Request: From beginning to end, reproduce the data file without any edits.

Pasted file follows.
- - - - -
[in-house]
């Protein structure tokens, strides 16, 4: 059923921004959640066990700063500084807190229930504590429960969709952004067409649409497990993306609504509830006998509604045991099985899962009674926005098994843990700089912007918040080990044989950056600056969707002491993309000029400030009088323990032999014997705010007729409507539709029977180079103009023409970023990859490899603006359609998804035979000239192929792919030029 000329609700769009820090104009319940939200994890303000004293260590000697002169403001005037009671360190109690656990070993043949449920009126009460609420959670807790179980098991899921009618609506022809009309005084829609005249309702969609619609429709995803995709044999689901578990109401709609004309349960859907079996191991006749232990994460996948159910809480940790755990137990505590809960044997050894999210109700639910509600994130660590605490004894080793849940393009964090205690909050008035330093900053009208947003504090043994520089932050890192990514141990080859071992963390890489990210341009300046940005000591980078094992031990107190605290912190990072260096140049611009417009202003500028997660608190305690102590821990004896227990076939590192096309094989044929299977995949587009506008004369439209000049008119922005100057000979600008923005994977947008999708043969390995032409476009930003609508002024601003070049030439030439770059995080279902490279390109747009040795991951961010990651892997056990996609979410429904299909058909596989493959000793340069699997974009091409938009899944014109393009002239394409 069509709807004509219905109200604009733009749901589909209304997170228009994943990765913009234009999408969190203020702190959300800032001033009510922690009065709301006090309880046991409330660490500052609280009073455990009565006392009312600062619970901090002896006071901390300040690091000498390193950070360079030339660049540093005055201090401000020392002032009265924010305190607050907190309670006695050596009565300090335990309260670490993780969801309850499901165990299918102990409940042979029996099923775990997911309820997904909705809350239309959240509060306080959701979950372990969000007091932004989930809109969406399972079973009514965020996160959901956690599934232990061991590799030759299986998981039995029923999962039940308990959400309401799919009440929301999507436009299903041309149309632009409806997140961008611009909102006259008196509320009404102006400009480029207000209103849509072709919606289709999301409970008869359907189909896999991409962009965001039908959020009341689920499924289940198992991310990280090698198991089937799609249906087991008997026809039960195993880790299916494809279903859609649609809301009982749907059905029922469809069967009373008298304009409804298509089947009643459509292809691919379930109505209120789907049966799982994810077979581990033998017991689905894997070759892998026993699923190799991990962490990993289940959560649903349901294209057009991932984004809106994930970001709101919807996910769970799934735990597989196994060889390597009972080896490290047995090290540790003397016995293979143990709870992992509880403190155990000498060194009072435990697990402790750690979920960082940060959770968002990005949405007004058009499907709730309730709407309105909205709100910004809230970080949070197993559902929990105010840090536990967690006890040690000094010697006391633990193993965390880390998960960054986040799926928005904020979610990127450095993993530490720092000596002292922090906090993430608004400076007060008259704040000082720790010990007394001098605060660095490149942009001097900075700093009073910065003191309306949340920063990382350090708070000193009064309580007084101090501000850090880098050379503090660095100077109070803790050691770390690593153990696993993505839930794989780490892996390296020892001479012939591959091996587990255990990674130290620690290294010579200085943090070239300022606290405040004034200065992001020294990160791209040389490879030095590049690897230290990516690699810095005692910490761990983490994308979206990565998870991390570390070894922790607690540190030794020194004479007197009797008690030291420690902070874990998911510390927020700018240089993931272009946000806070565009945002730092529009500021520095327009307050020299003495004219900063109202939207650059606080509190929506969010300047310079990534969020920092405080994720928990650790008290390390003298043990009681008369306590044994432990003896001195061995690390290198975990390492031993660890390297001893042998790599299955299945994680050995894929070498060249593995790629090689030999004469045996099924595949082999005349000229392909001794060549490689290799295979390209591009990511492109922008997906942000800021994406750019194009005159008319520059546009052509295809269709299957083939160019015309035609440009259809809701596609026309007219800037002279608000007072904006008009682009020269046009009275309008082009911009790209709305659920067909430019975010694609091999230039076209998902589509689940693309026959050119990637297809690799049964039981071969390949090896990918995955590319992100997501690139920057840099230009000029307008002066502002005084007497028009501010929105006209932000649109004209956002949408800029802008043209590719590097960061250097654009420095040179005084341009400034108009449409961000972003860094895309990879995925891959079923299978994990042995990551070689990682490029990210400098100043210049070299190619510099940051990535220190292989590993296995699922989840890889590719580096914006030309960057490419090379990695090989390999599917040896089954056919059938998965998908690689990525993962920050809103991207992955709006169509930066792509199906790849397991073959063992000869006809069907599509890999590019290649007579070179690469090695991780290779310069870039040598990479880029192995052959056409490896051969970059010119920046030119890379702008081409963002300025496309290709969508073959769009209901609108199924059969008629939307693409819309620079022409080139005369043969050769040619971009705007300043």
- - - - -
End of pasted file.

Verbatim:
[in-house]
């Protein structure tokens, strides 16, 4: 059923921004959640066990700063500084807190229930504590429960969709952004067409649409497990993306609504509830006998509604045991099985899962009674926005098994843990700089912007918040080990044989950056600056969707002491993309000029400030009088323990032999014997705010007729409507539709029977180079103009023409970023990859490899603006359609998804035979000239192929792919030029 000329609700769009820090104009319940939200994890303000004293260590000697002169403001005037009671360190109690656990070993043949449920009126009460609420959670807790179980098991899921009618609506022809009309005084829609005249309702969609619609429709995803995709044999689901578990109401709609004309349960859907079996191991006749232990994460996948159910809480940790755990137990505590809960044997050894999210109700639910509600994130660590605490004894080793849940393009964090205690909050008035330093900053009208947003504090043994520089932050890192990514141990080859071992963390890489990210341009300046940005000591980078094992031990107190605290912190990072260096140049611009417009202003500028997660608190305690102590821990004896227990076939590192096309094989044929299977995949587009506008004369439209000049008119922005100057000979600008923005994977947008999708043969390995032409476009930003609508002024601003070049030439030439770059995080279902490279390109747009040795991951961010990651892997056990996609979410429904299909058909596989493959000793340069699997974009091409938009899944014109393009002239394409 069509709807004509219905109200604009733009749901589909209304997170228009994943990765913009234009999408969190203020702190959300800032001033009510922690009065709301006090309880046991409330660490500052609280009073455990009565006392009312600062619970901090002896006071901390300040690091000498390193950070360079030339660049540093005055201090401000020392002032009265924010305190607050907190309670006695050596009565300090335990309260670490993780969801309850499901165990299918102990409940042979029996099923775990997911309820997904909705809350239309959240509060306080959701979950372990969000007091932004989930809109969406399972079973009514965020996160959901956690599934232990061991590799030759299986998981039995029923999962039940308990959400309401799919009440929301999507436009299903041309149309632009409806997140961008611009909102006259008196509320009404102006400009480029207000209103849509072709919606289709999301409970008869359907189909896999991409962009965001039908959020009341689920499924289940198992991310990280090698198991089937799609249906087991008997026809039960195993880790299916494809279903859609649609809301009982749907059905029922469809069967009373008298304009409804298509089947009643459509292809691919379930109505209120789907049966799982994810077979581990033998017991689905894997070759892998026993699923190799991990962490990993289940959560649903349901294209057009991932984004809106994930970001709101919807996910769970799934735990597989196994060889390597009972080896490290047995090290540790003397016995293979143990709870992992509880403190155990000498060194009072435990697990402790750690979920960082940060959770968002990005949405007004058009499907709730309730709407309105909205709100910004809230970080949070197993559902929990105010840090536990967690006890040690000094010697006391633990193993965390880390998960960054986040799926928005904020979610990127450095993993530490720092000596002292922090906090993430608004400076007060008259704040000082720790010990007394001098605060660095490149942009001097900075700093009073910065003191309306949340920063990382350090708070000193009064309580007084101090501000850090880098050379503090660095100077109070803790050691770390690593153990696993993505839930794989780490892996390296020892001479012939591959091996587990255990990674130290620690290294010579200085943090070239300022606290405040004034200065992001020294990160791209040389490879030095590049690897230290990516690699810095005692910490761990983490994308979206990565998870991390570390070894922790607690540190030794020194004479007197009797008690030291420690902070874990998911510390927020700018240089993931272009946000806070565009945002730092529009500021520095327009307050020299003495004219900063109202939207650059606080509190929506969010300047310079990534969020920092405080994720928990650790008290390390003298043990009681008369306590044994432990003896001195061995690390290198975990390492031993660890390297001893042998790599299955299945994680050995894929070498060249593995790629090689030999004469045996099924595949082999005349000229392909001794060549490689290799295979390209591009990511492109922008997906942000800021994406750019194009005159008319520059546009052509295809269709299957083939160019015309035609440009259809809701596609026309007219800037002279608000007072904006008009682009020269046009009275309008082009911009790209709305659920067909430019975010694609091999230039076209998902589509689940693309026959050119990637297809690799049964039981071969390949090896990918995955590319992100997501690139920057840099230009000029307008002066502002005084007497028009501010929105006209932000649109004209956002949408800029802008043209590719590097960061250097654009420095040179005084341009400034108009449409961000972003860094895309990879995925891959079923299978994990042995990551070689990682490029990210400098100043210049070299190619510099940051990535220190292989590993296995699922989840890889590719580096914006030309960057490419090379990695090989390999599917040896089954056919059938998965998908690689990525993962920050809103991207992955709006169509930066792509199906790849397991073959063992000869006809069907599509890999590019290649007579070179690469090695991780290779310069870039040598990479880029192995052959056409490896051969970059010119920046030119890379702008081409963002300025496309290709969508073959769009209901609108199924059969008629939307693409819309620079022409080139005369043969050769040619971009705007300043």